Sunday, 10 January 2010

Curating the Void of Collapsed Machinery

In the Gallery an officer’s garmenture is crowned with a feathered mask. Portraits of colonial masters and laboring slaves hang alongside images of machines that grind and extract. A stack of mattresses recalls aspects of Kafka’s thematic oeuvre. The collection of artifacts displayed in the room suggests a memorial to an historic trial or perhaps the staging of a theatrical scene where some grand injustice is about to unfold. A rope awaits the fettering of limbs. Witnesses to the torture event look on from within their frames. A ladder rests against a wall inviting the always possible escape, which is rarely ever taken.

Walter Benjamin referred to Kafka’s work as “an ellipse with foci that are far apart.”[1] The writing is replete with fissures, wounds and ruptures which illuminate variations of the separation motif: the arbitrary nature of the law, alienation from authority, the culture of exile. In The Penal Colony this theme of dislocation reaches an obscene climax when the machine of the story disintegrates. As the animated gears scatter a kind of double wound erupts, represented by the fatal blow to the officer’s skull but also the space vacated by the machine’s departure. One imagines what the villagers might do with this site, if anything? What mnemonic potential does the machines disappearance create? Memory, it would seem, may give way to superstition as we acknowledge the explorer’s silence as he reads the inscription on the Commandant’s gravestone. “Have faith and wait!”- a prophecy the villagers find ridiculous.[2]

Weeks after seeing The Insurance Man: Kafka in the Penal Colony I travelled to Berlin. Ruins, excavations, monuments and memorials mark the landscape at every turn. Berlin is a living archive, a national gallery of failed totalitarian dreams. The Berlin Wall was the progeny of Kafka’s machine, a mad instrument of judgment and condemnation. The Wall, in fact, was a kind of vertical Bed with layers of apparatus to thwart escape: an inner wall, barbed wire, electric fences, a dog corridor, control towers, alarms, anti-tank obstacles, a fakir bed (essentially an area embedded with raised spikes), and finally the outer Wall that marked the boundary between East and West Berlin. The effect of the Wall was to create a form of self-colonization – to preserve the paranoid dream of the ideal state.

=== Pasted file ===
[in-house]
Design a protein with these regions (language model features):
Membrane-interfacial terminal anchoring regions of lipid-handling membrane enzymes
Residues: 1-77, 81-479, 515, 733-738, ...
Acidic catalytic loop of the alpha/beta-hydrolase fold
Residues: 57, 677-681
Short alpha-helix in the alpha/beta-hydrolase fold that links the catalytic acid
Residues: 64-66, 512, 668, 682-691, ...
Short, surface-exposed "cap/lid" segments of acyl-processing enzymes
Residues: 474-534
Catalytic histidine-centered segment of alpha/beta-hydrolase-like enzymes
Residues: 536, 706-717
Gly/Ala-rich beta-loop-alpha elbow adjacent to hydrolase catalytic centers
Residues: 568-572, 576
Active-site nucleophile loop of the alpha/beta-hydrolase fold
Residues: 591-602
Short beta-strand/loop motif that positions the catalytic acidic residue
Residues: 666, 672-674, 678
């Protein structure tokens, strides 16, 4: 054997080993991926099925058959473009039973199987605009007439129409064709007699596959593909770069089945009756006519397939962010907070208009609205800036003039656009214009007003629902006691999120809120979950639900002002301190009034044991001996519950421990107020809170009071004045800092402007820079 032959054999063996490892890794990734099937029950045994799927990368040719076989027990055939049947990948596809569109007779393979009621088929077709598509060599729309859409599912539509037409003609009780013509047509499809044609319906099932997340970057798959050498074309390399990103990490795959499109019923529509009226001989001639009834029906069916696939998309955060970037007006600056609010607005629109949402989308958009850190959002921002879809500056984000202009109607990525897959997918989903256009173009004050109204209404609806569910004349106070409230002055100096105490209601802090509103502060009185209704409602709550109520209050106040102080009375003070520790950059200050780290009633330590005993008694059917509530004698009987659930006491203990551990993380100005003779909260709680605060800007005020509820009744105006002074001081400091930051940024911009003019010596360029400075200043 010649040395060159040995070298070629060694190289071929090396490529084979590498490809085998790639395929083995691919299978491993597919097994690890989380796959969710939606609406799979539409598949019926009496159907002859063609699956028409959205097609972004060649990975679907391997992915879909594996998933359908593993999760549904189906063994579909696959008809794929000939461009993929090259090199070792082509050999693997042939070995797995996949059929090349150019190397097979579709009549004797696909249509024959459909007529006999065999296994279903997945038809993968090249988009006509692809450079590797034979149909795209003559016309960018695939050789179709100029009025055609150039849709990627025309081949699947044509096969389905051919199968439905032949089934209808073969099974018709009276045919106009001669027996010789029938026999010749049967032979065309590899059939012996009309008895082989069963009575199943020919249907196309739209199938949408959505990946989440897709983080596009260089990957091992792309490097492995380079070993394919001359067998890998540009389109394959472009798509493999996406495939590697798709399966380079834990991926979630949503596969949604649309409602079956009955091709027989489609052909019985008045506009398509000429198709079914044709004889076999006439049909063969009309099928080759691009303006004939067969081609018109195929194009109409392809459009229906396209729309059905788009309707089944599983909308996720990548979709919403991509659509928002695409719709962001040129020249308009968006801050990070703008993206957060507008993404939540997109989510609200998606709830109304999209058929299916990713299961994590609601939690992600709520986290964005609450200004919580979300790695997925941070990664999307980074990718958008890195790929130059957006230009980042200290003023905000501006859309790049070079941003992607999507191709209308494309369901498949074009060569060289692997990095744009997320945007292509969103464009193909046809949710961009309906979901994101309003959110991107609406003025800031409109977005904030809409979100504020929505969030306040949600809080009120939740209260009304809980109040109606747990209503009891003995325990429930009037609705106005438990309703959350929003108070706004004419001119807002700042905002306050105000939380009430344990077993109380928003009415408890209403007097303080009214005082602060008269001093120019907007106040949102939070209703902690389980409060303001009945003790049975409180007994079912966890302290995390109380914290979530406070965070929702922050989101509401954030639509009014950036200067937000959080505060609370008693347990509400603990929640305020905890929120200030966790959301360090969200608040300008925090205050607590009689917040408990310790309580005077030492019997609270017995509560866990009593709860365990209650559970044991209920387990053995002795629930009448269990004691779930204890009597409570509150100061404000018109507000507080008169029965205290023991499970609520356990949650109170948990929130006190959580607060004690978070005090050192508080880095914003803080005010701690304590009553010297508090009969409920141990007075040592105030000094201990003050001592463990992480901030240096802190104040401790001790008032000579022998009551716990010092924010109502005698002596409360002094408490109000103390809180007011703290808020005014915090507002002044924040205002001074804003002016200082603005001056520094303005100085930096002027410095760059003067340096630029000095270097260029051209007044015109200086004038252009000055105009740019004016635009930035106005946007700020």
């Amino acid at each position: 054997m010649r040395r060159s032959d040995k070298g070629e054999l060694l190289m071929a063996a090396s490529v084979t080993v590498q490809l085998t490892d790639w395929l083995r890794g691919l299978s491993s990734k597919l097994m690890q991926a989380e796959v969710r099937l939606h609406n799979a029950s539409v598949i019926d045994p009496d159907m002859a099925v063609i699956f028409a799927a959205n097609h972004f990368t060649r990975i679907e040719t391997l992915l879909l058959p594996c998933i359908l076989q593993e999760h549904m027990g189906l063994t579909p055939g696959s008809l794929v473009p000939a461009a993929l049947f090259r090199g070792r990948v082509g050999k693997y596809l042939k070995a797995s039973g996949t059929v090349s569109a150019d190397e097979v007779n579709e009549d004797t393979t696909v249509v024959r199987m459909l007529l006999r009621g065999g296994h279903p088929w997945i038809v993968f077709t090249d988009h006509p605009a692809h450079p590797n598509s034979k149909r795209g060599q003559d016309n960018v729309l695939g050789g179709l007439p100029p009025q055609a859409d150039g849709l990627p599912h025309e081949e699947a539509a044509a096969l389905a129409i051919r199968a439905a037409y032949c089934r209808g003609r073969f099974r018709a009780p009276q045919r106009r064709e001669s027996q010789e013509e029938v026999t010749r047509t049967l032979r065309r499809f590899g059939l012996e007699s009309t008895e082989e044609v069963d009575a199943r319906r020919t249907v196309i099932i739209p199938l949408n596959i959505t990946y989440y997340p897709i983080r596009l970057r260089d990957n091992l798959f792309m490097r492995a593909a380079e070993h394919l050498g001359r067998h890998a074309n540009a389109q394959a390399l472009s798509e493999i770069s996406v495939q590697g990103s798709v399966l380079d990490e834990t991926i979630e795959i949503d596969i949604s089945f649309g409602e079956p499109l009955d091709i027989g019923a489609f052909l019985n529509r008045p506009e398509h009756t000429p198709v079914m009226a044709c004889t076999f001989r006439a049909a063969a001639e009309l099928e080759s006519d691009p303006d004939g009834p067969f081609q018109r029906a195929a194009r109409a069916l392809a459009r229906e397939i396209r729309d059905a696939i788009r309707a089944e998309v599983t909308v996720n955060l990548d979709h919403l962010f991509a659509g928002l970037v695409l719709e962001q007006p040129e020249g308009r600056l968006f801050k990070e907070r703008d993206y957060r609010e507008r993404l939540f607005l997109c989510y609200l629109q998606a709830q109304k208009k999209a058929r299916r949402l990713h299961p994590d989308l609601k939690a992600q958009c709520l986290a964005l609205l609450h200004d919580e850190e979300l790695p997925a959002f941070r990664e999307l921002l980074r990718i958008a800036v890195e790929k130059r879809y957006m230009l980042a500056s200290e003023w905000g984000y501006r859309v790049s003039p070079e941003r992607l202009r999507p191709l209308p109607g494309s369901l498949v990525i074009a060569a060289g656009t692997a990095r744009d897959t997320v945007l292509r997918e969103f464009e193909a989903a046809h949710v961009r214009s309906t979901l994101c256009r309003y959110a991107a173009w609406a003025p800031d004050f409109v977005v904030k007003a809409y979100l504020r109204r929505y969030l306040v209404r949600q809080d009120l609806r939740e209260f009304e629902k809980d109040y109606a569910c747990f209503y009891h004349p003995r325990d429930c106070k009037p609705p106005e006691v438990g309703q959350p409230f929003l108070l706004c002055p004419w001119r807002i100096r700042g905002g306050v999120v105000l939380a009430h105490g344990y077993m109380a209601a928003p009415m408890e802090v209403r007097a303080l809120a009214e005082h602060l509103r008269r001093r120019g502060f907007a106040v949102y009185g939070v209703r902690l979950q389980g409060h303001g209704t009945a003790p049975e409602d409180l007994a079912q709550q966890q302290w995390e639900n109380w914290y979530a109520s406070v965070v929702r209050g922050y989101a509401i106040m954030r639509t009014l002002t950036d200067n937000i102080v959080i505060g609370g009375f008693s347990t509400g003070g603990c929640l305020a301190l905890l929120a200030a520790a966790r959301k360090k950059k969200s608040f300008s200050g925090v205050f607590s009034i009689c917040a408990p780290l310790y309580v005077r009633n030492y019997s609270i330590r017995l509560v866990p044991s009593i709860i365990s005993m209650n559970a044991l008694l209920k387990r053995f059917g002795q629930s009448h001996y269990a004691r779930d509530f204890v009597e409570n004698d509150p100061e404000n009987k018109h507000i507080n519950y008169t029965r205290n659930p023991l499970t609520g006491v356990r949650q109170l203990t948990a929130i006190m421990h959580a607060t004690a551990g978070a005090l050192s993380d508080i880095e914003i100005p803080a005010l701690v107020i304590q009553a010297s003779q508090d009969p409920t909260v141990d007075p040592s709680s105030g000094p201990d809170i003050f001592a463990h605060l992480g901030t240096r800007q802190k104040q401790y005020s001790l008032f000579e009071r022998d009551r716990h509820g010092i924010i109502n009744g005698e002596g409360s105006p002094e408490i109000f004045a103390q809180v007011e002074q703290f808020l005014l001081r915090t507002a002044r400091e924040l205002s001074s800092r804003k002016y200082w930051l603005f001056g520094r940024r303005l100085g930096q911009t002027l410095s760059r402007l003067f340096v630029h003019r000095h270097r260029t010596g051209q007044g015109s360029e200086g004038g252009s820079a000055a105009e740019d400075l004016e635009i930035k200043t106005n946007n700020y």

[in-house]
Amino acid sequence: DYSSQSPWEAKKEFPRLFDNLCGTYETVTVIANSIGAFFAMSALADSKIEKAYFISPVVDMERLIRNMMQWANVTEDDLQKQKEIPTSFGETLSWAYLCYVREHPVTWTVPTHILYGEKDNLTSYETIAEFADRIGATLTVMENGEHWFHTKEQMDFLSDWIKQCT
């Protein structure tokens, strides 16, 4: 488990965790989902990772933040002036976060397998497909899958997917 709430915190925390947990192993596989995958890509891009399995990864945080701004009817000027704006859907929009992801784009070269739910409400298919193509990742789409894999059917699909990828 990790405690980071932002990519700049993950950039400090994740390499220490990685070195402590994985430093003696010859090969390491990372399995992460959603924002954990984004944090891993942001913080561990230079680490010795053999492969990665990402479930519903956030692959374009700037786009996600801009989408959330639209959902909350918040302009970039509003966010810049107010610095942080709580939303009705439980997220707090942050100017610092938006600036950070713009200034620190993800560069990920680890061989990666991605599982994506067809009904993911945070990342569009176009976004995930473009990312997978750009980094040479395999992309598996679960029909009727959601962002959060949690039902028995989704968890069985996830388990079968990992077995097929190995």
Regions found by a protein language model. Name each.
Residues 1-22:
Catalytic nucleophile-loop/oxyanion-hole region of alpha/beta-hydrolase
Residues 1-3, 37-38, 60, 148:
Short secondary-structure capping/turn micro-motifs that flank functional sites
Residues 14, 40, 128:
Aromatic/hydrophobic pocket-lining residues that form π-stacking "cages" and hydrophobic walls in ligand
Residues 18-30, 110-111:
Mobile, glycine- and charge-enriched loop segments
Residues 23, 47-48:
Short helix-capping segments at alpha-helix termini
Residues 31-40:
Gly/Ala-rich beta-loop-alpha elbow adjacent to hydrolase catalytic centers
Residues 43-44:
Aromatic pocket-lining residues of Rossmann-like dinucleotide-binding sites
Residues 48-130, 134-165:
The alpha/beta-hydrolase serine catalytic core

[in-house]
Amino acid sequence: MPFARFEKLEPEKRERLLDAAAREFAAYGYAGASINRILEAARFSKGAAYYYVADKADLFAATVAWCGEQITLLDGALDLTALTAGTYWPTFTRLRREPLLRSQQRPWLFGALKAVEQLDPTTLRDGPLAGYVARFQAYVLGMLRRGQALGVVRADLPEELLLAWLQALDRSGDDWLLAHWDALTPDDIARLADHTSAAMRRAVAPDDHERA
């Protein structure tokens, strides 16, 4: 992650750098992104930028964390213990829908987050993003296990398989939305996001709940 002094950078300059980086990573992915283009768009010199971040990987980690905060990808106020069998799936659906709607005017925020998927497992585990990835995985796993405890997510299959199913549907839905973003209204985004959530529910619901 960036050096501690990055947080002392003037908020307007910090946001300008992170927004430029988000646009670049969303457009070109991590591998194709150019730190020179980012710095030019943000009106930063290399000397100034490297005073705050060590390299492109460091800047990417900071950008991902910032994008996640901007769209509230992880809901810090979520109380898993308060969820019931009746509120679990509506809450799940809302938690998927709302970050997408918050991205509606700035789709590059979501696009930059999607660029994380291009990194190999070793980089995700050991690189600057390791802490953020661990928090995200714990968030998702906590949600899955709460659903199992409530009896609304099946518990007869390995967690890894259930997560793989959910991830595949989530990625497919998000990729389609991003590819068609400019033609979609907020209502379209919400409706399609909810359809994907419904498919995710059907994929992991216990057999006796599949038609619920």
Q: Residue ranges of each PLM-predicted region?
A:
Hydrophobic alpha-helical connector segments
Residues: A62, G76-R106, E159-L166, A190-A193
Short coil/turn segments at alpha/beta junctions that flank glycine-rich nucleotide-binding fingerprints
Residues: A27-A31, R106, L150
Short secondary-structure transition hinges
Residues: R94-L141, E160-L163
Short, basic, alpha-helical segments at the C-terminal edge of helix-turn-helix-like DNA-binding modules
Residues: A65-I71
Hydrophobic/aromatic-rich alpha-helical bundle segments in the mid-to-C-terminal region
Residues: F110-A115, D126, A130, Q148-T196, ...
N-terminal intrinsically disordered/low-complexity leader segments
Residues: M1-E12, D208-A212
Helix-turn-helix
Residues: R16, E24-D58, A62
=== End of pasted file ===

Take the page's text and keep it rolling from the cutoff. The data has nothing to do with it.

The wall produced its own expressions of the animalized human. By scurrying, climbing, ramming, burrowing or taking flight, many managed to flee successfully and yet hundreds were wounded and killed as they sought a way out of the state apparatus. Sections of the Wall and the gears that constituted the death corridor sprung off during the years after reunification. Pieces of the Wall were dispersed across oceanic divides while other sections have been aesthetisized as objets d’art. Like the Machine in the story, the collapse of the Wall has created a negative space with a multitude of readings; it is a scar, an emancipatory event, a place of remembering, longing, forgetting. As with the empty lot in The Penal Colony, the question of reclamation arises- giving rise to the problem of what to do– what is the zoning potential of space named the “death strip”? How do planners curate the void of collapsed machinery?

In places the Wall is maintained as a memorial, elsewhere it is a trace distinguished as a line of masonry in the pavement. Along certain sections the Wall is absorbed by the banks of the Spree River and facades of other buildings. With disbelief I came across evidence of a different kind of rezoning of the Wall machine void. In Prenzlauer Berg a showroom for a housing development had been constructed within the Wall corridor, metres from an apartment building where in 1961 residents flung themselves out of third-story windows to reach West Berlin on the street below. The developer’s slogan on the hoarding read, “Your New Home, WITHOUT COMPROMISES!” Further along the wall in the Kreuzberg district the Fellini Residences were being sold under a similar premise, “You do not have to die to arrive in paradise. You have it right on your doorstep.” The Wall has become the final frontier of post-colonial Berlin.

Kafka insisted on exploring those dissonant pauses that linger in human relations, urban spaces and the rule of the law - in order to make such voids visible. In turn, the Installation extends the memory of the machine as it responds to its absence. As with the Condemned man of the story, who remains condemned after his temporary reprieve, the wall in Berlin remains embedded in the psychic-self of the city. The city is condemned to continuously re-invent itself and re-build it’s empty spaces and historic wounds. And yet it would appear that with reunification, in true Kafkan style, many Berliners have been left behind to suffer the same fate as displaced and confused villagers elsewhere.

Interviewed twenty years after the collapse of the wall a former border guard reports on his memory of the collapse of the wall:

“I wouldn’t wish that on anyone. I more or less fell into a deep depression. I didn’t want to go home. I stayed in the barracks. Everyone else had left. I stayed until the end. I didn’t do anything, just stayed in bed […] I drank beer and stared at the sky.”[3]

[1] Walter Benjamin, “Some Reflections on Kafka,” in Illuminations- Essays and Reflections (New york: Schocken Books, 1969), p. 141

[2] Franz Kafka, “In the Penal Colony,” in Franz Kafka: The Complete Stories (New York: Schocken Books, 1971), p.167

[3] CBC, “Berlin, 20 Years After”, November 6th, 2009